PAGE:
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As can be seen in the diagram, 2D detection has a direct infrared beam from the TX detector to the RX detector. For 3D detection when using infrared, the beams protrudes at approximately 45 degrees towards the landing giving protection when approaching a closing door by reflecting the TX infrared diode back to the RX detector. This will trigger the door to re-open.

The EN81-20 standard is related to the safety rules for the construction and installation of lifts for the transport of persons and goods.

Clauses which directly impact light curtains

  • The protective device (e.g. light curtain) shall cover the opening over the distance between at least 25 mm and 1600 mm above the car door sill
  • The protective device shall be capable of detecting obstacles minimum of 50 mm diameter – 37mm diode spacing
  • In case of failure, or deactivation of the protective device, the kinetic energy of the doors shall be limited to 4J, if the lift is kept in operation, and an acoustic signal shall operate at any time the door(s) is (are) closing. – Diagnostic output

Ingress protection, used to define levels of sealing effectiveness of electrical enclosures against intrusion such as dust and water.

Each light curtain set contains a Transmitting edge (TX) and a Receiving edge (RX). The TX contains an array of Infrared LEDs which illuminate in sequence, and the RX contains a corresponding array of photoelectric diodes tuned to the LEDs' frequency. These receive light in sequence generating either a parallel or a diagonal beam pattern.

When an object blocks one of the beams, the RX sends a trigger signal to the door controller, and the doors reopen.

Avire’s light curtains are designed to minimise the potential interference from sunlight. Infrared radiation from any source of light may interfere with the receiving diodes, and this normally sets the maximum limit to the operating range of the light curtain. In installations where the door width is outside the specified range and where there are many sources of light, including sunlight, light curtain performance may deteriorate over time.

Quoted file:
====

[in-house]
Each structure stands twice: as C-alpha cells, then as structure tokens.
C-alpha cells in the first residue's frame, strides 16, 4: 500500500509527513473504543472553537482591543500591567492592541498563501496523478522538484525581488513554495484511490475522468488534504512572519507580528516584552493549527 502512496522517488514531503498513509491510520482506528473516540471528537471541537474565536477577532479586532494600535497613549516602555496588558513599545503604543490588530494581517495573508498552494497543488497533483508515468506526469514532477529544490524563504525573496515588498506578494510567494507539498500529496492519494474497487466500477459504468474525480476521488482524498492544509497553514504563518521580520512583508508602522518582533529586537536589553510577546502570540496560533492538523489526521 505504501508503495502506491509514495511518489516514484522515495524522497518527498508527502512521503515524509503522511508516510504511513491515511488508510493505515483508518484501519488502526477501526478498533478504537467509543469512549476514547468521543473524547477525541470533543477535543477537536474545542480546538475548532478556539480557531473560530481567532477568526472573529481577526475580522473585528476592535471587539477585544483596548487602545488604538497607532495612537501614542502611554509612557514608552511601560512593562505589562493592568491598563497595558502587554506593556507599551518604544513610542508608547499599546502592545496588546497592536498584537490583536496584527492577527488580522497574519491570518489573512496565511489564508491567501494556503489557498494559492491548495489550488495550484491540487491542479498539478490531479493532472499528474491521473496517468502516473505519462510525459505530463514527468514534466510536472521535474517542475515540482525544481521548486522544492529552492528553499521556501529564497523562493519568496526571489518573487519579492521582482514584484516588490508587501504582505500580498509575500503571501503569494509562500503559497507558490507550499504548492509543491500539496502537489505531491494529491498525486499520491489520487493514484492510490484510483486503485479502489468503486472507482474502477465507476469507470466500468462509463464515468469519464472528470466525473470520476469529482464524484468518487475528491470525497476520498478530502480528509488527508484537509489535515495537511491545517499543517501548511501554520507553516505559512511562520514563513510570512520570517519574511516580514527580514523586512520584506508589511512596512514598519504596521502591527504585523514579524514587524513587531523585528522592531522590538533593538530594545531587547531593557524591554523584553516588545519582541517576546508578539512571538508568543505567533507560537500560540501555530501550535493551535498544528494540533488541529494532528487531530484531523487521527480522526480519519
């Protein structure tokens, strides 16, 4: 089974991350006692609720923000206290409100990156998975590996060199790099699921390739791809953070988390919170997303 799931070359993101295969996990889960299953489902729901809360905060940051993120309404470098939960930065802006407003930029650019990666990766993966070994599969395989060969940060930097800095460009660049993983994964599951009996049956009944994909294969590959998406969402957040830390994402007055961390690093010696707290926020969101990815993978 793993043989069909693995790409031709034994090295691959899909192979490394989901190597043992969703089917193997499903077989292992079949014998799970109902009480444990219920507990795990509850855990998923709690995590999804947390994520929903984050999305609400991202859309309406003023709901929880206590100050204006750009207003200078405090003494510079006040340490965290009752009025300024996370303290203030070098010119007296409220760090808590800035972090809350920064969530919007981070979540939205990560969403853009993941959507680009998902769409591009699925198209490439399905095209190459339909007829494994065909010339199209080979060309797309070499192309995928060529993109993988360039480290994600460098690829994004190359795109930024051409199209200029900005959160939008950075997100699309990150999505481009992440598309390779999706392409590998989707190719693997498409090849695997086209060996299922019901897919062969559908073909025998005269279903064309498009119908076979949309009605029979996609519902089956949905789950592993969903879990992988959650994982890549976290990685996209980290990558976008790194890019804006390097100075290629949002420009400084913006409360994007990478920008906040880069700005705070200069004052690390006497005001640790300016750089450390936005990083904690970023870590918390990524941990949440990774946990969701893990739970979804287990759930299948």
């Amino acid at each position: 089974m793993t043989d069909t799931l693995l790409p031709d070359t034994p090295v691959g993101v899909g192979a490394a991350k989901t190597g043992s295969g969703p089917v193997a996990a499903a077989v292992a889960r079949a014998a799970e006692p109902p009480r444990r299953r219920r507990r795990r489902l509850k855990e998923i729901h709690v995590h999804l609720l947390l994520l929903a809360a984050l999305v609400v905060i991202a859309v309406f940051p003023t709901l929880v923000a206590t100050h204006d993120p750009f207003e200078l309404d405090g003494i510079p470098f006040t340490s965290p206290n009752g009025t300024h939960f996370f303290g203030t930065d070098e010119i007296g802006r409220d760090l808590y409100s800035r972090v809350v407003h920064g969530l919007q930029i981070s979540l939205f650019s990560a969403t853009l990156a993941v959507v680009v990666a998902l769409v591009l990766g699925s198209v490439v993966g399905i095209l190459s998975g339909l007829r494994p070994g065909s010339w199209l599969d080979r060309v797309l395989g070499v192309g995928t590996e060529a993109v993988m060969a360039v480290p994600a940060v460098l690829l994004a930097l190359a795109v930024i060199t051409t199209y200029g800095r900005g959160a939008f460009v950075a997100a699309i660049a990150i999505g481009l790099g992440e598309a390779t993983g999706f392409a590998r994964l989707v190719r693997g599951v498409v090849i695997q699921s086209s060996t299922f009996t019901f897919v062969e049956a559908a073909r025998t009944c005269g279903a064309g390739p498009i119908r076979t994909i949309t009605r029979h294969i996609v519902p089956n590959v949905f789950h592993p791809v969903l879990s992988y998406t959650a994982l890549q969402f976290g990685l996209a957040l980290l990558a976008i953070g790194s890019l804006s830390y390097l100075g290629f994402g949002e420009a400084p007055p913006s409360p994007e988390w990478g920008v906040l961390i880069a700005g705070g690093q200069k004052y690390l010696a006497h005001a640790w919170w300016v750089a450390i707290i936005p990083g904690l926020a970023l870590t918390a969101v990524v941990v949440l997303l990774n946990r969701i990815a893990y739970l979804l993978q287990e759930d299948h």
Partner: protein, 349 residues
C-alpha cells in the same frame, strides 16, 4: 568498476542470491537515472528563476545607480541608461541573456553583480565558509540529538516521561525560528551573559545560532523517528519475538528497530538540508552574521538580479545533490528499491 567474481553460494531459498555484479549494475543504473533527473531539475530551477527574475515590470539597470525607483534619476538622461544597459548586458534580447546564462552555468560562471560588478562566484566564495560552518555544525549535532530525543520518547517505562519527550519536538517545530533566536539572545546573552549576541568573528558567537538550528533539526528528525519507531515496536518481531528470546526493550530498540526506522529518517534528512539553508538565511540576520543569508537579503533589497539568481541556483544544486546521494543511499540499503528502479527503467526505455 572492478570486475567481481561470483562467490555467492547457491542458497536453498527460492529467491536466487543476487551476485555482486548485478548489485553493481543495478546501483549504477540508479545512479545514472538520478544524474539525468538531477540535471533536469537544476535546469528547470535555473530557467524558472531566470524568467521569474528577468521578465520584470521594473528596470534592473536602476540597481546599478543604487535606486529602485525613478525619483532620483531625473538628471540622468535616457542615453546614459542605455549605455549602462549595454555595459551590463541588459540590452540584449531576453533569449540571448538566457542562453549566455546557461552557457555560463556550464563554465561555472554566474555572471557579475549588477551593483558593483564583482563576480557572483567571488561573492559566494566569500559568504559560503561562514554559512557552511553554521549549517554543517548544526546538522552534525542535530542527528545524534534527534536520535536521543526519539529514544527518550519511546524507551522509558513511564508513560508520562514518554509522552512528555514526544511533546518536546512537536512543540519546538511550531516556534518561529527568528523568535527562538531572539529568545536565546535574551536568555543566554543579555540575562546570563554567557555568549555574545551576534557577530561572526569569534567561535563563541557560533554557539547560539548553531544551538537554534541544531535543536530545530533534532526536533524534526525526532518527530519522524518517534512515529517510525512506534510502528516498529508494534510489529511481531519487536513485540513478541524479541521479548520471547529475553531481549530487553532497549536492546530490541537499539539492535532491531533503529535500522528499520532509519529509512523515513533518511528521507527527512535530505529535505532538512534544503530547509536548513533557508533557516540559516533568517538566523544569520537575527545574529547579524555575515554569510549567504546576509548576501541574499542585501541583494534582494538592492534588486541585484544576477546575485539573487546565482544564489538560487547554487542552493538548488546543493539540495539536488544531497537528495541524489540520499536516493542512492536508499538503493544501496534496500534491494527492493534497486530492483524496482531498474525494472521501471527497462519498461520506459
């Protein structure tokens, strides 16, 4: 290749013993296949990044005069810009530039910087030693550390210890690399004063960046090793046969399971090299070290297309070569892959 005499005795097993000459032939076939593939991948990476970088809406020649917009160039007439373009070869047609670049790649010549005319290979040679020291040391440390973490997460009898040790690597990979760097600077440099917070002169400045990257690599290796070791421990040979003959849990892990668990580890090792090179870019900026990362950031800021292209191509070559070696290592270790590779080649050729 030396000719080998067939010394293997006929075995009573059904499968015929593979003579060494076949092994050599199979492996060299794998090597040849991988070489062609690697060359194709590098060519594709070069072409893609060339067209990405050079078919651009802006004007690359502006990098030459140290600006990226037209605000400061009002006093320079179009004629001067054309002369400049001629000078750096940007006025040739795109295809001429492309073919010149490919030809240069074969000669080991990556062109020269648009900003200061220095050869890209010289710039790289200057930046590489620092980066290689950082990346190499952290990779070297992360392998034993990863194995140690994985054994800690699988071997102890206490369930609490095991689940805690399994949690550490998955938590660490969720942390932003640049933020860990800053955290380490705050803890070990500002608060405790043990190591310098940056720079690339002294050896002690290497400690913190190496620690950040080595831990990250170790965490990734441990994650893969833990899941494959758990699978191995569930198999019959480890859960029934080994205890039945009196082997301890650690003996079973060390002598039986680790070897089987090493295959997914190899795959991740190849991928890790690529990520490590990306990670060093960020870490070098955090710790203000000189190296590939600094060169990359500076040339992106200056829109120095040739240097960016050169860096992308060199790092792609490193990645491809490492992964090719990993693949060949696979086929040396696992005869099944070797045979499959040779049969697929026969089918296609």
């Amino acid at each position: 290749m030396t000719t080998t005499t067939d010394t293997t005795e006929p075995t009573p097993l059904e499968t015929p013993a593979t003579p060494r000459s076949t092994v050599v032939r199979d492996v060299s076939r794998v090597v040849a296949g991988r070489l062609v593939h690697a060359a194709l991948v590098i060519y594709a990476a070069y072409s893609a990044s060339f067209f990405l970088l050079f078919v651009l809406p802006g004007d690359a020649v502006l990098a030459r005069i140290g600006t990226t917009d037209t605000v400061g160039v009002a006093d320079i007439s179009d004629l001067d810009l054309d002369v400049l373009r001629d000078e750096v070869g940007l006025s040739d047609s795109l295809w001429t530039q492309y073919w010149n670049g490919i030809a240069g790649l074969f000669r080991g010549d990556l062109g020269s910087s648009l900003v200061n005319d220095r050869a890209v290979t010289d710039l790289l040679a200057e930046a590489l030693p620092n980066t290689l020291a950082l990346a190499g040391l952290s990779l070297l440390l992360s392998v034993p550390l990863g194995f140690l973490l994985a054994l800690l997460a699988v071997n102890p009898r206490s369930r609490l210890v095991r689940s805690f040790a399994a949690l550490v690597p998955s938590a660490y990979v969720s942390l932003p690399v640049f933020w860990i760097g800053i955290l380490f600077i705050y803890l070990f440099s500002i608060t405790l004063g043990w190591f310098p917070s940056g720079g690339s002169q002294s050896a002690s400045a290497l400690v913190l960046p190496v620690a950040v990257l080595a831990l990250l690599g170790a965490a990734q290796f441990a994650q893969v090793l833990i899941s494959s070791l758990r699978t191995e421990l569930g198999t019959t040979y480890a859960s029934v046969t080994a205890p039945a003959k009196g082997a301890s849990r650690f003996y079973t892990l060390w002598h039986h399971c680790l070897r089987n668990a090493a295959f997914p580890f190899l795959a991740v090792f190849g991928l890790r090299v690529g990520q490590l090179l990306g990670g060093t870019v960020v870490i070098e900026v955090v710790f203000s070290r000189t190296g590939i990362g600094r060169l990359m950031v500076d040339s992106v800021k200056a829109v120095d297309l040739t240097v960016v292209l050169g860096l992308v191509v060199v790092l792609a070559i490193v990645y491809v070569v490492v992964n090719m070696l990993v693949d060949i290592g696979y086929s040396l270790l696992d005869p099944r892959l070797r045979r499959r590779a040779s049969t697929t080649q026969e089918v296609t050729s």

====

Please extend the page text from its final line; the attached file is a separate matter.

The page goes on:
In multi-door lifts, we advise that installers arrange the two detector sets in such a way to minimise the potential for crosstalk. In cases when the doors are adjacent to one another, install the two Transmitter (TX) edges at the same corner of the lift. In cases where the doors are on opposite sides of the lift, install the two TX edges at diagonally opposite corners of the lift.

This is a second, independent output that works in parallel to the detector trigger output. Under EN81-20 standards, a 50mm object must be detected within the detection zone at all times – any breach of this must result in the doors going into a low energy mode if the lift is to remain in use. A blocked or damaged diode may create a gap within which a 50mm object will not be detected. If a diode is broken, this could result in non-compliance.

Rather than allowing a single diode blockage to cause a permanent trigger, the diagnostic output can trigger the door’s low energy mode and put the blocked diode in timeout mode. The remaining diodes can operate as normal, the lift can continue to be used, and the detection remains EN81-20 compliant.

Avire detectors are designed to account for some misalignment between the detector pairs. This is both angular and lateral. It is always advised, however, that the two edges are aligned as well as possible during installation to maximise the system’s sensitivity.

The Pana40Plus and Panachrome products must be used with a controller. This helps with configuration during installation, and with diagnostics when fault-finding.

The E-Series may be wired in directly to the door controller, or via a power supply box at the installer’s discretion. The power supply contains a relay for the trigger output and can be used to convert mains AC voltage into DC for the detector.